By Keith Burbank

Oakland may soon get a bigger dose of positive East Oakland influence. The East Oakland Youth Development Center, whose alumni have gone on to become NBA and NFL players, professional musicians and PhD students, is expanding with $3.2 million from U.S. Bank. The money will be used to renovate the existing center and construct two new buildings to serve more youth.

“It was time to do an overhaul,” said Regina Jackson, EOYDC’s president and chief executive. The building is “well used,” Jackson said, and space is limited, with all the youth in various programs.

The $3.2 million will support an $11.4 million renovation and expansion, including a new two-level education building and new one-story wellness center.

“It’s like finding a $3.2 million funder,” Jackson said. But, the center needs to raise another $2 million to start work. Anyone interested in making a donation can do so at EOYDC.org.

The wellness center will expand individual instruction in fitness and hygiene and cooking classes. The education building will house the existing Magic Johnson computer lab and provide for GED preparation, the after school leadership academy and the pathway to college program. Jackson is hoping to augment the Magic Johnson computer lab with a mini Mac lab.

“The East Oakland Youth Development Center helps youth thrive and achieve their full potential in school, future careers and in service to their communities,” said Michael Righi, president, U.S. Bank in Northern California. “We’re proud to ensure that the organization can expand its impact in an area that needs it most.”

“Extremely distressed” is what Alison Paige, assistant vice president, U.S. Bancorp Community Development Corporation, called East Oakland. But she said the EOYDC is “really a safe place for kids to go after school.”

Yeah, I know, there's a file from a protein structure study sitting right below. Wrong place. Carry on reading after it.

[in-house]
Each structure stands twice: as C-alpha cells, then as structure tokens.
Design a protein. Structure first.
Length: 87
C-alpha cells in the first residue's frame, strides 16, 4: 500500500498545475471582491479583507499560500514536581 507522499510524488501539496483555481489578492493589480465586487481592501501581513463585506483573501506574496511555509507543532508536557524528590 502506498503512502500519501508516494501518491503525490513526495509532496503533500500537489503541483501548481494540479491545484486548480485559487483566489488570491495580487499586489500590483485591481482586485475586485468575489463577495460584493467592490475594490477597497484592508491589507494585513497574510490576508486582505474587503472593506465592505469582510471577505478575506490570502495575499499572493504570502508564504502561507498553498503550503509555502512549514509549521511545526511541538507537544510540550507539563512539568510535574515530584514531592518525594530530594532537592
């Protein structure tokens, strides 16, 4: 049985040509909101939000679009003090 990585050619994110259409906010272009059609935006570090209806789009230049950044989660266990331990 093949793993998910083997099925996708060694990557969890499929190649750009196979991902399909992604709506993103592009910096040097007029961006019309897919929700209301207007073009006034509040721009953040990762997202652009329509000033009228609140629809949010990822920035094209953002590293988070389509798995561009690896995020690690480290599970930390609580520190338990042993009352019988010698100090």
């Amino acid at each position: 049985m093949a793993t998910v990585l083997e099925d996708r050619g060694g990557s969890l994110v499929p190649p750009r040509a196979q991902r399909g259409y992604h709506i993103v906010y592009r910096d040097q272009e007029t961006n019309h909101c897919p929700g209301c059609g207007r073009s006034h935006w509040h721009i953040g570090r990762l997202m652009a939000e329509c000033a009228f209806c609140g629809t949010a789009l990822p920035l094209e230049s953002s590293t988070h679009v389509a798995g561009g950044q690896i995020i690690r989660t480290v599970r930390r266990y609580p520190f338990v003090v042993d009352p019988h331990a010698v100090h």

U.S. Bancorp Community Development Corporation is a subsidiary of U.S. Bancorp, the holding company of U.S. Bank. The development corporation financed the investment in partnership with the Northern California Community Loan Fund and an arm of U.S. Bank that allows the firm to receive a tax credit for the investment.

The center is in it’s 36th year offering “no-cost educational, leadership, employment training, arts and sports programs,” says a U.S. Bank press release. “The project is in an area that has been historically plagued by high poverty rates, violence and crime.”

Currently, the center serves more than 300 youth ages 6 to 18 and nearly 2,000 youth annually. The renovation and expansion will add 6,500 square feet of space and security and energy efficiency upgrades, allowing the center to increase its capacity substantially.

Increasing its capacity may produce more alumni such as Gary Payton, the nation’s number one college basketball player in 1990, according to Sports Illustrated. Payton helped the Miami Heat NBA basketball team win a championship in 2006.

Other successful alumni include Meisha Marzell, who was accepted into a PhD program in Behavioral Health at Penn State University. “Right now I still smile,” says a quote from Marzell in the EOYDC’s latest annual report, “when I think about how my short time at the center still has an impact on my life.”

Robert Shetterly, former CEO of The Clorox Company founded the EOYDC, to support a social cause. And he wanted to involve Clorox employees and Clorox dollars. With the help of the community, other philanthropists and the City of Oakland, EOYDC was born.

Shetterly said, “In order to do good you have to first do well.”

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